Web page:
The "Sinbad"
- a 'Nesting Dinghy' for your yacht.


  This design is available for building from PLANS or from a PLYWOOD KIT.
  For plan pricing go to the bottom of the page
  For plywood kit pricing go to our plywood kit page.



Principal dimensions:
                     
        L.O.A.          3.10m (10' 02")
	Beam            1.43 m   (4' 8")
	Sail area       5.20 m2 (56 sqft)
	
	Length after taking apart: 1.61 m (5' 3"). 

The "Sinbad" was the first of a series of 'nesting dinghies' (the forward half nests into the aft section) and is of a size that just suits a lot of yachties and increasingly recreational sailors as there is no need for a trailer or much space in the garage.

The pram shape is of course a good load carrier and "Sinbad" can handle a crew of three grown-ups quite safely. This makes for efficient ferrying to and from the yacht or for exploring away from the anchorage or your favorite sailing grounds near you.

A small outboard, oars or the standing lug sail can be used to power the boat on these trips.

The "Sinbad" design has been updated after the larger "Sinbad 2" was developed as it incorporated a number of improvements that needed to be implemented in the original "Sinbad".

The changes to the design are:
  • The basic pram dinghy shape was retained in a refined form, while shortening the nested length by 100mm (4").
  • The foredeck has been raised.
  • The method of joining the two hull sections which was improved in "Sinbad 2" has been incorporated. This allows assembly in the water or on deck in a very short time. See animation .
  • The rig has been changed to a standing lug rig on a free-standing mast. The lug sail is very simple to make up and also easy to deploy.
sailplan
This popular dinghy is spacious for its size, a feature of all pram type dinghies.

There is lots of storage space in the enclosed aft seats and the forepeak tank, which also provides buoyancy (the net volume is over 125 liter, about 127kg (280 lb)in sea water).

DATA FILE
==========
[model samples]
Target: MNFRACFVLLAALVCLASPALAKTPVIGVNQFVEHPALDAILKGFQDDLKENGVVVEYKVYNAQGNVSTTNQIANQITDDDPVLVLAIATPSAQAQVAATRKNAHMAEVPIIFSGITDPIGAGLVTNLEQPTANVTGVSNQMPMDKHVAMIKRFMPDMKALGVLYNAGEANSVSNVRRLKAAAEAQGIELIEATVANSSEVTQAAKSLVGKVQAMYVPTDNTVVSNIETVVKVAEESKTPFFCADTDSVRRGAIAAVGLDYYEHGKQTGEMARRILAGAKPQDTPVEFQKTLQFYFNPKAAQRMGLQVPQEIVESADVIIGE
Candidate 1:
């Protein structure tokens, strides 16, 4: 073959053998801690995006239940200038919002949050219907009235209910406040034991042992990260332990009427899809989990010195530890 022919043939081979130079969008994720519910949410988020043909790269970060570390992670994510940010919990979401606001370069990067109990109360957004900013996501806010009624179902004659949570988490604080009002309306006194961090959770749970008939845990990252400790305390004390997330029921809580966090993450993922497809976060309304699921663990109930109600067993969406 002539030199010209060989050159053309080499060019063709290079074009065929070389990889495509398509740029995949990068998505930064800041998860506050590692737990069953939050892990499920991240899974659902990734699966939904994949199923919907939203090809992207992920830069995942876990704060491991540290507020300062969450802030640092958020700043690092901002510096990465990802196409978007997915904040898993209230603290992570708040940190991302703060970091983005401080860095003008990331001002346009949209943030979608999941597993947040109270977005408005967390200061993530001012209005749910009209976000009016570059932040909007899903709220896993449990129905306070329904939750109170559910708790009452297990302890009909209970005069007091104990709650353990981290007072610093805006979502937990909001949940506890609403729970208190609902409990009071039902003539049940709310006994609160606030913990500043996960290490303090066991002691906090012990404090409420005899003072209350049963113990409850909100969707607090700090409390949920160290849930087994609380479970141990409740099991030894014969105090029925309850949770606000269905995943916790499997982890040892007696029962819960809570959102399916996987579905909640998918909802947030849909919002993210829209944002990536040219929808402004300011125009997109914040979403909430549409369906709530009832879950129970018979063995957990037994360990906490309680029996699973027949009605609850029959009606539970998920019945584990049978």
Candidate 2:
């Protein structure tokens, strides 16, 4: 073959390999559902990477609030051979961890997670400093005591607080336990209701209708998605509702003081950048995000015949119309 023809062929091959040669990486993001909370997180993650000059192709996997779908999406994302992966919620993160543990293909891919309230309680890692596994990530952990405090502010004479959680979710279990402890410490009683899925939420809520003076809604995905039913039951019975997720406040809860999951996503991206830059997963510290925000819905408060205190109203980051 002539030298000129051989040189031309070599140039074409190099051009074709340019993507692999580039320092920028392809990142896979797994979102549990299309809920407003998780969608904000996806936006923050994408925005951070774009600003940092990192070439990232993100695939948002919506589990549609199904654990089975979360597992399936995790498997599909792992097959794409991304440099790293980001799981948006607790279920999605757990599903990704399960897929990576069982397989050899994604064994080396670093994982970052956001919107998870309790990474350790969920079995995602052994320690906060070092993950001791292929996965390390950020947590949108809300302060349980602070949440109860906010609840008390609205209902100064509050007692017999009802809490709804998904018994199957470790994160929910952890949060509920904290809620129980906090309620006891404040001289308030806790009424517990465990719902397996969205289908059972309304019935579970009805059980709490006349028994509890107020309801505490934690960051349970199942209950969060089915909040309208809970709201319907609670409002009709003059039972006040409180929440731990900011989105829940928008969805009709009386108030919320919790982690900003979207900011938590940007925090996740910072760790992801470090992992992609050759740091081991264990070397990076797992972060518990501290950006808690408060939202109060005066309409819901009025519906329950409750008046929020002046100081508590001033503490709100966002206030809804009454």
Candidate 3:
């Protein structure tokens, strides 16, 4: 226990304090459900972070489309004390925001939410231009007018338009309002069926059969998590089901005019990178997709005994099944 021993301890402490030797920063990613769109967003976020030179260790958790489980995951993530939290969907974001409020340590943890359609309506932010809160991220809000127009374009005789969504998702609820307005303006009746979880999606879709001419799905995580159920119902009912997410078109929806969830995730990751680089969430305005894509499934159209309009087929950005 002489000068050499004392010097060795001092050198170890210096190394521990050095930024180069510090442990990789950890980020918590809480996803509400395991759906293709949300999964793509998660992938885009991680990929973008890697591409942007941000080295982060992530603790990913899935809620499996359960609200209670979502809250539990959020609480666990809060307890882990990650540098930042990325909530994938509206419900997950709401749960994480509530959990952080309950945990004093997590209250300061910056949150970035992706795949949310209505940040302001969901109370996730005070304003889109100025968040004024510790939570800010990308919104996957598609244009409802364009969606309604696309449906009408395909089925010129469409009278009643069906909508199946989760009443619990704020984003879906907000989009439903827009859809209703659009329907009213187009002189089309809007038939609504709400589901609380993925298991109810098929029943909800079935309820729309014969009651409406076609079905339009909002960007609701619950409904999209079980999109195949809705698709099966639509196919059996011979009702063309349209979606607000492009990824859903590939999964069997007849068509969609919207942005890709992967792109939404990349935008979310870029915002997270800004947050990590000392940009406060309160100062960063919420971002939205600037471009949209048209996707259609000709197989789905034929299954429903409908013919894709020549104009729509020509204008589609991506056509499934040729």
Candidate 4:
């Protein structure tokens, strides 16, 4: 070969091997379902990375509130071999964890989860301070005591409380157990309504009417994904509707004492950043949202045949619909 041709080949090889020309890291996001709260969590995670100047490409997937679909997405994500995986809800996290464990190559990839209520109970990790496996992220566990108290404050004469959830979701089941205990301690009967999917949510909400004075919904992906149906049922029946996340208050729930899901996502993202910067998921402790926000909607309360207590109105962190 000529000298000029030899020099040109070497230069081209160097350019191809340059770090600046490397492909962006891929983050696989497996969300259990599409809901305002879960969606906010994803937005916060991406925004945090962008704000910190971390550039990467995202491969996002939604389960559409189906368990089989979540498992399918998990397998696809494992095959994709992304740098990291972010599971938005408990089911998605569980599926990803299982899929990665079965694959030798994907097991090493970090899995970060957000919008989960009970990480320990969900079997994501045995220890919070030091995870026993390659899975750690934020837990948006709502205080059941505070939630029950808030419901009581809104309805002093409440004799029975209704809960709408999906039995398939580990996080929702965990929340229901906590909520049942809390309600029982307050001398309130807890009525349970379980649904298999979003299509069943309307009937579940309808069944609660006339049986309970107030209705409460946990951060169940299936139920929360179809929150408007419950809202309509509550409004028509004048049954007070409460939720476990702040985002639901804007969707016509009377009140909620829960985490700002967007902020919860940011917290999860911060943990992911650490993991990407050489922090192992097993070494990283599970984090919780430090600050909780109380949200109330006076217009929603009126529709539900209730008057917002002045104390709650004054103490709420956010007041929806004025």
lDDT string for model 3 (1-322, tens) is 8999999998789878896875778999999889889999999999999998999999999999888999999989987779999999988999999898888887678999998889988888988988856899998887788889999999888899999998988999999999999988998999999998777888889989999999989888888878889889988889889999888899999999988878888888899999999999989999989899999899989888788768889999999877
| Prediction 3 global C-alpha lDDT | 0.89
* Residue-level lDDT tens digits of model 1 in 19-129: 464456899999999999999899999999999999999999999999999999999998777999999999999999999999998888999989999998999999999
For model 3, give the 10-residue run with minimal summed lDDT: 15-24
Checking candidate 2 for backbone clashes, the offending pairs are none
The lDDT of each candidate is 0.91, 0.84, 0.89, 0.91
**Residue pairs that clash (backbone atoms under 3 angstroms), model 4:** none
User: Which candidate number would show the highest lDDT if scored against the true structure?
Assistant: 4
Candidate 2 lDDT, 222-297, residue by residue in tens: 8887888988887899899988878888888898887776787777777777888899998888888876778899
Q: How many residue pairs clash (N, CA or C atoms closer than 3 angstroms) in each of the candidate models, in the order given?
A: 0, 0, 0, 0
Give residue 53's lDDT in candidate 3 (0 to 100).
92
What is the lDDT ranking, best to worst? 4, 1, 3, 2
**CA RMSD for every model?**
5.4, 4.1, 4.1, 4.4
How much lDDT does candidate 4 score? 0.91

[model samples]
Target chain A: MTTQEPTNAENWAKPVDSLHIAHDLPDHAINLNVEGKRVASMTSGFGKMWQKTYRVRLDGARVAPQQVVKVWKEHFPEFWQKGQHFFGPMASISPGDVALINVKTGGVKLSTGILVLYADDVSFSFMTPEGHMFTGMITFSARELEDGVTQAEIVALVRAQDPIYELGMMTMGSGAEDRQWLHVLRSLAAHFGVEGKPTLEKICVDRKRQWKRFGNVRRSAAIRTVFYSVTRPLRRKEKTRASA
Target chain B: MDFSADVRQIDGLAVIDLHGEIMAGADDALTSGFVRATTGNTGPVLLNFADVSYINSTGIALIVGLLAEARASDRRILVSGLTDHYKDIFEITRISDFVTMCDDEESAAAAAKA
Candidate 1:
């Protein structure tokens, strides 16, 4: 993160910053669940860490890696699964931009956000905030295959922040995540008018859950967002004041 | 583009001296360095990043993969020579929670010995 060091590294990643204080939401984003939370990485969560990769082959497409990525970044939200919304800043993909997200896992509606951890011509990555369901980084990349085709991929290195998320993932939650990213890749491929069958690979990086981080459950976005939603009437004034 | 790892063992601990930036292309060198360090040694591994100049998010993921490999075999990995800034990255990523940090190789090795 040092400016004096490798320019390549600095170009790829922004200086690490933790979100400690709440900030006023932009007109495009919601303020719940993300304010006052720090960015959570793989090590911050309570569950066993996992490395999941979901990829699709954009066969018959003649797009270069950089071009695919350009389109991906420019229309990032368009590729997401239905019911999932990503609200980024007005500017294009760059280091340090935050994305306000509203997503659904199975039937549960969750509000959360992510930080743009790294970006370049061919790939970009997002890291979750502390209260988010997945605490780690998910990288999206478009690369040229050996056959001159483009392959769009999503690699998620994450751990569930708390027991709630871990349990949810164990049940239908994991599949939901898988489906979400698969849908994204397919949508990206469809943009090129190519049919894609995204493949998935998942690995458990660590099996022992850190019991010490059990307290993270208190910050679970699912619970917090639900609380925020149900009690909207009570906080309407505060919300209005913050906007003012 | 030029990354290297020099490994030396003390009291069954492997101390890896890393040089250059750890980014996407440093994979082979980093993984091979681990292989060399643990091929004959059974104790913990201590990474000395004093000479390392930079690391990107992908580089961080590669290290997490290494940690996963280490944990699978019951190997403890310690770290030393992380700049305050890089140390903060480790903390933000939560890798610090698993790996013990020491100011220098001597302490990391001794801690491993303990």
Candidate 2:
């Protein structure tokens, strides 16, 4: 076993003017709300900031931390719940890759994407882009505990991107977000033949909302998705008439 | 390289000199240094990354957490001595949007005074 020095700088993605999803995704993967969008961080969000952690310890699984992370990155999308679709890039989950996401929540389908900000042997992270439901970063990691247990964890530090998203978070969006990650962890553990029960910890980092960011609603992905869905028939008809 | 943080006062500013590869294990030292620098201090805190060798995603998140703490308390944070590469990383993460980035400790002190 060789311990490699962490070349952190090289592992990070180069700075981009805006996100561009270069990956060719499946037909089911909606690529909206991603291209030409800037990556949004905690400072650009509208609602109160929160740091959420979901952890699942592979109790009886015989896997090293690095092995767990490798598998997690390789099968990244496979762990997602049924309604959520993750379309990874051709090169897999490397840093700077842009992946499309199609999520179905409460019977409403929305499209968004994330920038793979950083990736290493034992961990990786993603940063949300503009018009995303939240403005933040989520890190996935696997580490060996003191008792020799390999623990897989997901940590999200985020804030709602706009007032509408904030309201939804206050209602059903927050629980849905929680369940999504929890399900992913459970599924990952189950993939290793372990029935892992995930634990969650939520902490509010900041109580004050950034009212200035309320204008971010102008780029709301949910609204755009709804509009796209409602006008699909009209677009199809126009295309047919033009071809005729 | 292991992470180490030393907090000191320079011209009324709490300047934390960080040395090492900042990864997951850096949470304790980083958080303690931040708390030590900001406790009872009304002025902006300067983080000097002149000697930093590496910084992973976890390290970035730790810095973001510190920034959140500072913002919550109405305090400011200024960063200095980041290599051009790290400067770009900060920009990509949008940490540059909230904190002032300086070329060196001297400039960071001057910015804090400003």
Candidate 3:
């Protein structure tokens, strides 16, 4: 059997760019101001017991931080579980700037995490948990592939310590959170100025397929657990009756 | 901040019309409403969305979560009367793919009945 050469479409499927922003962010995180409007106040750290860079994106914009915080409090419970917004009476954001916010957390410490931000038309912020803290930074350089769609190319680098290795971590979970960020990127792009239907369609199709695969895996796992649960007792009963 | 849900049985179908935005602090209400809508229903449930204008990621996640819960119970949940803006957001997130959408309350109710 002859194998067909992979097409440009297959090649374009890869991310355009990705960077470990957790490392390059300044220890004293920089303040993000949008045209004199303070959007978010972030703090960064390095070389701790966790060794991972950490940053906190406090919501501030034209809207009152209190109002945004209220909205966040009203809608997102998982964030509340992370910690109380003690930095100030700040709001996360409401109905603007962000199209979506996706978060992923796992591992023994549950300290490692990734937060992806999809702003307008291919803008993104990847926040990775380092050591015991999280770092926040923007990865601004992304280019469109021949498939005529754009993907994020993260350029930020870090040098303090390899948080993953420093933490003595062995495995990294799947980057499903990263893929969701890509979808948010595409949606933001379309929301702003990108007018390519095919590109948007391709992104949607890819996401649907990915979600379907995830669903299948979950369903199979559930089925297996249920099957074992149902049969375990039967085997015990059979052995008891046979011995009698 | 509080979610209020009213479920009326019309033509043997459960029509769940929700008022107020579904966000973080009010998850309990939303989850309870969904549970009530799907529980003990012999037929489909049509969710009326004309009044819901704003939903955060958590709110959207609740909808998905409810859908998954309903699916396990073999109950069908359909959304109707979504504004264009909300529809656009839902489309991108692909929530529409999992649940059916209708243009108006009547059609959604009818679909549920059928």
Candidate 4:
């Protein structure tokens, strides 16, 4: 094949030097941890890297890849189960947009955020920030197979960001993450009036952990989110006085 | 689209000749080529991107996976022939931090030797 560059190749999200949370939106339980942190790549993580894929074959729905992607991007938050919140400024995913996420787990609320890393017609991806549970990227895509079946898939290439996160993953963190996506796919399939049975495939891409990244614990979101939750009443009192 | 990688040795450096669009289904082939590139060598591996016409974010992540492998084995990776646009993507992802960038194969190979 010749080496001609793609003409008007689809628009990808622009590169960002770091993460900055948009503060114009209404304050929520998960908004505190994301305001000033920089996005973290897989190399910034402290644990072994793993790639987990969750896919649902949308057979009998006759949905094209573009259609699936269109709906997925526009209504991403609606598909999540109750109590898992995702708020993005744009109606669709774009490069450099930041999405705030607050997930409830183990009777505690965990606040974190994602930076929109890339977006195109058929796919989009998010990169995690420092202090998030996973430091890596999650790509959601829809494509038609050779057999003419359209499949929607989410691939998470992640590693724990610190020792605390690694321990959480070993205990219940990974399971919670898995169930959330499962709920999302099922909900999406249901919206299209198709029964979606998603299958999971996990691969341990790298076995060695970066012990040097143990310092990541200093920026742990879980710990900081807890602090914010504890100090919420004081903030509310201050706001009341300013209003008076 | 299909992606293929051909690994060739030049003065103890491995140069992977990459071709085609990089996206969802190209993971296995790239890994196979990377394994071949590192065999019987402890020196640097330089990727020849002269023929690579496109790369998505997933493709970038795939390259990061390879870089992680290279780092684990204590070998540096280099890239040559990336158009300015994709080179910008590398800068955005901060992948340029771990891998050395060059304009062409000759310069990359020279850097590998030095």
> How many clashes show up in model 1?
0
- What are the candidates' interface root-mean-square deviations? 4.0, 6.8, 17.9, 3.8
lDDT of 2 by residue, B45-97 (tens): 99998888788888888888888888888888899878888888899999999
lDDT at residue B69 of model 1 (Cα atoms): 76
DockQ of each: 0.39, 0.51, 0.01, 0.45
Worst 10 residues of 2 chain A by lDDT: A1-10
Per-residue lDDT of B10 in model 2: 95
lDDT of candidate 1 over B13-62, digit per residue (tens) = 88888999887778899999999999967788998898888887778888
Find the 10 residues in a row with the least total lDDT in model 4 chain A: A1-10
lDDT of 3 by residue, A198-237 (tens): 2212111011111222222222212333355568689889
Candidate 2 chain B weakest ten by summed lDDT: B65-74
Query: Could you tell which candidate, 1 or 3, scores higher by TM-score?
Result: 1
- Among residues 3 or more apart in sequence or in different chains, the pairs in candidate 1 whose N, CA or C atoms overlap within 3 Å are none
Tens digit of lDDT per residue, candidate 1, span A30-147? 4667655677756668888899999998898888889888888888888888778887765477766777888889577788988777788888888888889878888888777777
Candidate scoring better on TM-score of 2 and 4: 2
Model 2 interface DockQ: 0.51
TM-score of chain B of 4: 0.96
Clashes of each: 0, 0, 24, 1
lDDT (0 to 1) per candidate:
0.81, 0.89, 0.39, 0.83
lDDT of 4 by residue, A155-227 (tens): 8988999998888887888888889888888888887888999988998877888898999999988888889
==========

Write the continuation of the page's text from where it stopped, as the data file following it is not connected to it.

She has modest deck space requirements (1.61 m x 1.45 m (5' 3" x 4' 9")) in her take-apart and stowed form.

Construction:
Material: 6mm (1/4") Marine plywood
Method: Epoxy stitch and glue (taped seam)

The hull is built in a simple construction cradle rather than 'free-form'. A cradle makes building a lot easier and ensures accuracy of build.
Nest 06
The plans detail all parts and panels required for the building of the boat as well as all fittings and the rig. Detailed building instructions are included with the plans, illustrating the various tasks in easy to follow steps.

The first new Sinbad has been built in France as tender to the family's cruising yacht. The picture above was taken in the Caribbean and they tell me that the little boat is being admired by the many fellow cruisers they meet up with.
Sails:
The sail plan above shows the boat with its standing lug sail set on a free-standing mast.

There are very few shop bought fittings required for rigging her. A dagger board and lifting rudder are all you need for the sailing version.
Plan
Propulsion:
She has been designed to take a short shaft outboard motor. Recommended Power: 2-3.3 HP, but if you beef up the transom she will carry a 5 HP motor.

Rowlocks may be fitted as either primary means of propelling her or as a back-up to the motor.

If no sail is going to be set, the internal fit-out can be simplified by omitting the dagger board case.

And of course if a take-apart dinghy is not required, just leave out the second mid-bulkhead during the build!

Plan Prices
also read my Ordering Guide
Plans for this dinghy consist of two A0 (44"x33")sheets and one A1 (33"x22") sheet and detailed building instructions.

This set of plans is suitable for lofting all your own hull panels, bulkheads and all other parts and components.
For a small scale preview of the plans click here...
Plan costs:
40 (+/-US$45) - which entitles you to the building of one boat.
Total costs including shipping:   53   
(+/- US$63)
BuyNow button deactivated!



Top of Page
Loading first page footer ... or Your browser does not support JavaScript
Loading second page footer ... or Your browser does not support JavaScript